The Tomatometer rating – based on the published opinions of hundreds of film and
television critics – is a trusted measurement of movie and TV programming quality
for millions of moviegoers. It represents the percentage of professional critic reviews
that are positive for a given film or television show.
From the Critics
From RT Users Like You!
The Tomatometer is 60% or higher.
The Tomatometer is 59% or lower.
Movies and TV shows are Certified Fresh with a steady Tomatometer of 75% or
higher after a set amount of reviews (80 for wide-release movies, 40 for
limited-release movies, 20 for TV shows), including 5 reviews from Top Critics.
Percentage of users who rate a movie or TV show positively.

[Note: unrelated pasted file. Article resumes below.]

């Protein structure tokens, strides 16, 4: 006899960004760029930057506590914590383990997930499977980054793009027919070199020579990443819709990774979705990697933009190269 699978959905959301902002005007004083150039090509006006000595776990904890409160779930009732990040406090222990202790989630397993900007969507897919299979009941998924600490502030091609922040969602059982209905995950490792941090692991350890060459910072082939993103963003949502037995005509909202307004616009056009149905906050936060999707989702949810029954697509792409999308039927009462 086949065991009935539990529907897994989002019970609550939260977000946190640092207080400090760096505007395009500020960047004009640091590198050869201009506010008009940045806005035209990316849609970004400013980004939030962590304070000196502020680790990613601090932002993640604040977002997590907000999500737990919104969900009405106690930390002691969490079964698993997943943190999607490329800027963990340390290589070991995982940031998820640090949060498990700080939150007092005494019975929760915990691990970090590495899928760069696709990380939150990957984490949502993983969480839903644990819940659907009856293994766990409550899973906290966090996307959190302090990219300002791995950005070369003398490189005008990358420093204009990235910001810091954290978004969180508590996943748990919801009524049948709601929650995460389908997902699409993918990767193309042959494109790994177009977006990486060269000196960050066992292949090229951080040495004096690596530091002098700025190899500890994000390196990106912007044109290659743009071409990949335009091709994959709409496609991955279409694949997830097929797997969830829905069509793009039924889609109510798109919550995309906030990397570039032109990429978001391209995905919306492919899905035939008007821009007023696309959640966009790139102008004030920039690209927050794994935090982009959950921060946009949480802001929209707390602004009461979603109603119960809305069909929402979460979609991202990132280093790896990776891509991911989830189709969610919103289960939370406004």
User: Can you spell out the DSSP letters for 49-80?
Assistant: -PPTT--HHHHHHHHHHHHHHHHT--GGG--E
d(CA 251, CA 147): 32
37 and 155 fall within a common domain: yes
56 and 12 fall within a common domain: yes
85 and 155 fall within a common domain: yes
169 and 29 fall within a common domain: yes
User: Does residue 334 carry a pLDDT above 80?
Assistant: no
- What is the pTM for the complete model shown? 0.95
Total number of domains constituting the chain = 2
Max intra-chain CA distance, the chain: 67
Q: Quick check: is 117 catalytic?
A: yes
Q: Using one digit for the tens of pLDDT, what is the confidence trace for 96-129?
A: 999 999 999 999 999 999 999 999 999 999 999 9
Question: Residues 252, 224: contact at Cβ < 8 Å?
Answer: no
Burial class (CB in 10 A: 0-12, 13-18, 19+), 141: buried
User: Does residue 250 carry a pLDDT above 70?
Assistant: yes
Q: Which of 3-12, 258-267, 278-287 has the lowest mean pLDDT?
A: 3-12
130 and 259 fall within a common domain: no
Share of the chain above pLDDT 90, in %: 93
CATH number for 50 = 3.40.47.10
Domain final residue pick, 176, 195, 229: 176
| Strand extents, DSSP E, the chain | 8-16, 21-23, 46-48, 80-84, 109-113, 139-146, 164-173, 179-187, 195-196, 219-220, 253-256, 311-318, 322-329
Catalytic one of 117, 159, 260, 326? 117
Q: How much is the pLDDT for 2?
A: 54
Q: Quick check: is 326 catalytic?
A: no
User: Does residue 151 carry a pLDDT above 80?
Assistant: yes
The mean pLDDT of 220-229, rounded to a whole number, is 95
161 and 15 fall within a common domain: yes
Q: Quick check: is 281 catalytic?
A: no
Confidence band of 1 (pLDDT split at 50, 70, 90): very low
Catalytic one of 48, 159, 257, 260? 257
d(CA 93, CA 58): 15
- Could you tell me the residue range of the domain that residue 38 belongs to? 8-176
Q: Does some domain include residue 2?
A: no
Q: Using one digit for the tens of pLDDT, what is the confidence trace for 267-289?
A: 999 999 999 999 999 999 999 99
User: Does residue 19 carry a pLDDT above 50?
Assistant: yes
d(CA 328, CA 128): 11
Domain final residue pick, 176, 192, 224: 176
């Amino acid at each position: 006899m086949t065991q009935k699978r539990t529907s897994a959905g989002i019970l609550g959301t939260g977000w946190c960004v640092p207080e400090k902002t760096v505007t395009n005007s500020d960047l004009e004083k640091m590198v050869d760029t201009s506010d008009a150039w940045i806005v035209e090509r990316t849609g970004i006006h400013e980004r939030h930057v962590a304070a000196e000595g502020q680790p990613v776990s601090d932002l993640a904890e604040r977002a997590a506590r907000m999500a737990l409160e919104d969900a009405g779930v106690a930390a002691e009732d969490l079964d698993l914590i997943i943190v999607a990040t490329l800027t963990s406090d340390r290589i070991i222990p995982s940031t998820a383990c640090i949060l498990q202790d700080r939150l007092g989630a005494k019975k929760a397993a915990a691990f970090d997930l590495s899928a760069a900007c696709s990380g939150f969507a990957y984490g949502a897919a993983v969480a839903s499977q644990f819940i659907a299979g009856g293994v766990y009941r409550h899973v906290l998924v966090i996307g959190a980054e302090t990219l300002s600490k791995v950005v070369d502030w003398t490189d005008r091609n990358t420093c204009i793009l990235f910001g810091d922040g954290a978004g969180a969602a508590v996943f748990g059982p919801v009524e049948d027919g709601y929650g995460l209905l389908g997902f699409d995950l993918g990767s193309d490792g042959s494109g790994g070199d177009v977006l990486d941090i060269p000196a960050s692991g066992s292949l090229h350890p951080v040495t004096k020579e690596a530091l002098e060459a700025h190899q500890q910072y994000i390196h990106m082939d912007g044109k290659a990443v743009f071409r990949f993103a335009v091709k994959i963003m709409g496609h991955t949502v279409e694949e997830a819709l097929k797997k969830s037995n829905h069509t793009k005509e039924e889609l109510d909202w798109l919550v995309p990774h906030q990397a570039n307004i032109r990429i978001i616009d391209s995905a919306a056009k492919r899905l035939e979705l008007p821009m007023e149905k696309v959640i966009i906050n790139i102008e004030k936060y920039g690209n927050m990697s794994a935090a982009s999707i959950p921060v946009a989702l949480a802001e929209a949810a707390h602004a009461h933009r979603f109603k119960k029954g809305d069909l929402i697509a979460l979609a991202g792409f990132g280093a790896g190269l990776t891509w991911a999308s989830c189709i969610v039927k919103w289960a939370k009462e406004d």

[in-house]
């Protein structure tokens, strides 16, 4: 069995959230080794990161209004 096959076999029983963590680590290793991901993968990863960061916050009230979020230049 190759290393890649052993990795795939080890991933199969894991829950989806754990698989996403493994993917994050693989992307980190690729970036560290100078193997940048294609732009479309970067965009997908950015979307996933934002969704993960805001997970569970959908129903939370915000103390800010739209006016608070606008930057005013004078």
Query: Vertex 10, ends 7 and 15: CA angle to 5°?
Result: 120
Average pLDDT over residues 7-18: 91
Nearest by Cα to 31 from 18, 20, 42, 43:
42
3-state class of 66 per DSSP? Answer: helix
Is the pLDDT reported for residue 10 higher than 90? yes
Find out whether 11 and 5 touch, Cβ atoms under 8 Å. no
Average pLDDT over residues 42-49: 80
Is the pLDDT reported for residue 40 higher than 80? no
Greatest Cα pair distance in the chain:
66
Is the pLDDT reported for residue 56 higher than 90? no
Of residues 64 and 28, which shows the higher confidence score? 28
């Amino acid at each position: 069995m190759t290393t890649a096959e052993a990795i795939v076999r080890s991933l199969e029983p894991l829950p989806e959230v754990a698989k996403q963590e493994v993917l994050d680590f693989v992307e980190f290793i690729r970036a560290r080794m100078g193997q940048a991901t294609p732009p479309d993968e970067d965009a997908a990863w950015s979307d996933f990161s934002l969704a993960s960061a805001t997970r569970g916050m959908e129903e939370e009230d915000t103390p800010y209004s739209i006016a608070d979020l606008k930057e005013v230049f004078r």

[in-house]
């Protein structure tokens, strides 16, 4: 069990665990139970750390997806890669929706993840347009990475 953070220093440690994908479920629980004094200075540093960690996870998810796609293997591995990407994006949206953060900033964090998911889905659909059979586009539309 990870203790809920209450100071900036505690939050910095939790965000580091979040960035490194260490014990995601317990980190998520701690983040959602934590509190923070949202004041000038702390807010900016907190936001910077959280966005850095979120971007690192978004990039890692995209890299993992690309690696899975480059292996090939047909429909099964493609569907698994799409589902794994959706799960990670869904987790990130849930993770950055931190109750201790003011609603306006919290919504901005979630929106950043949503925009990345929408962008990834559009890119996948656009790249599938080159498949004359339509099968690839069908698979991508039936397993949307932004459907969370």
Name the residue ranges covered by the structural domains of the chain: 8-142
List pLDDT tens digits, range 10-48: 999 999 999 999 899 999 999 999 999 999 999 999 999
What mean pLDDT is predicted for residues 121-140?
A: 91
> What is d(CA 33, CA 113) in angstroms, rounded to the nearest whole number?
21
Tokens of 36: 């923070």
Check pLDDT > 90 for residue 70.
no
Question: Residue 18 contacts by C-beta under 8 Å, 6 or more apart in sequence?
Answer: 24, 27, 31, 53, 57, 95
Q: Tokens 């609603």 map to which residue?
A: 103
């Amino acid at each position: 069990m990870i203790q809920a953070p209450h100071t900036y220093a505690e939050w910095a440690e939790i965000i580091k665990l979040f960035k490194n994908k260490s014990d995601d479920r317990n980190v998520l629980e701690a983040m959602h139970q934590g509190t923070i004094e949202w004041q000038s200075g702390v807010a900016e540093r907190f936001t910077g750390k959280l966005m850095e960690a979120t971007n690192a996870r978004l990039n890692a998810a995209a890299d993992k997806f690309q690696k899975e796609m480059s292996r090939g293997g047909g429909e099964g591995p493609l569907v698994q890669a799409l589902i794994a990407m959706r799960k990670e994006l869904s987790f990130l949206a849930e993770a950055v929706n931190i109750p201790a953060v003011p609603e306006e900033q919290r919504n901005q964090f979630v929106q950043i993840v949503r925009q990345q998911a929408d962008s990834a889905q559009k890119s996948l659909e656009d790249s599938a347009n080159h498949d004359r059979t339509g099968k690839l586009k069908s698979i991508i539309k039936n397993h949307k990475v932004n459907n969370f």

Born into a prosperous New York family, Jan Sterling was educated in private schools before heading to England, where she studied acting with Fay Compton. Billed as Jane Sterling, she made her first Broadway appearance at the age of fifteen; she went on to appear in such major stage offerings as Panama Hattie, Over 21 and Present Laughter. In 1947, she made her movie bow--billed as Jane Darian for the first and last time in her career--in RKO's Tycoon. Seldom cast in passive roles, Sterling was at her best in parts calling for hard-bitten, sometimes hard-boiled determination. In Billy Wilder's searing The Big Carnival (1951), she played Lorraine, the slatternly, opportunistic wife of cave-in victim Richard Benedict, summing up her philosophy of life with the classic line "I don't go to church. Kneeling bags my nylons." In 1954, Jan was nominated for an Academy Award for her portrayal of Sally McKee, a mail-order bride with a questionable past, in The High and the Mighty. In a prime example of giving one's all to one's art, Sterling submitted to having her eyebrows shaved off for a crucial scene; her brows never grew back, and she was required to pencil them in for the rest of her career. Also in 1954, Sterling travelled to England to play Julia in the first film version of George Orwell's 1984; though her character was a member of "The Anti-Sex League," Sterling was several months pregnant at the time. Having no qualms about shuttling between films and television, she showed up in nearly all the major live anthologies of the 1950s. She was also a panelist on such quiz programs as You're In the Picture (1961) and Made in America (1964). Married twice, Sterling's second husband was actor Paul Douglas. Jan Sterling retired from films in favor of the stage in 1969; she returned before the cameras in 1976 to portray Mrs. Herbert Hoover in the TV miniseries Backstairs at the White House.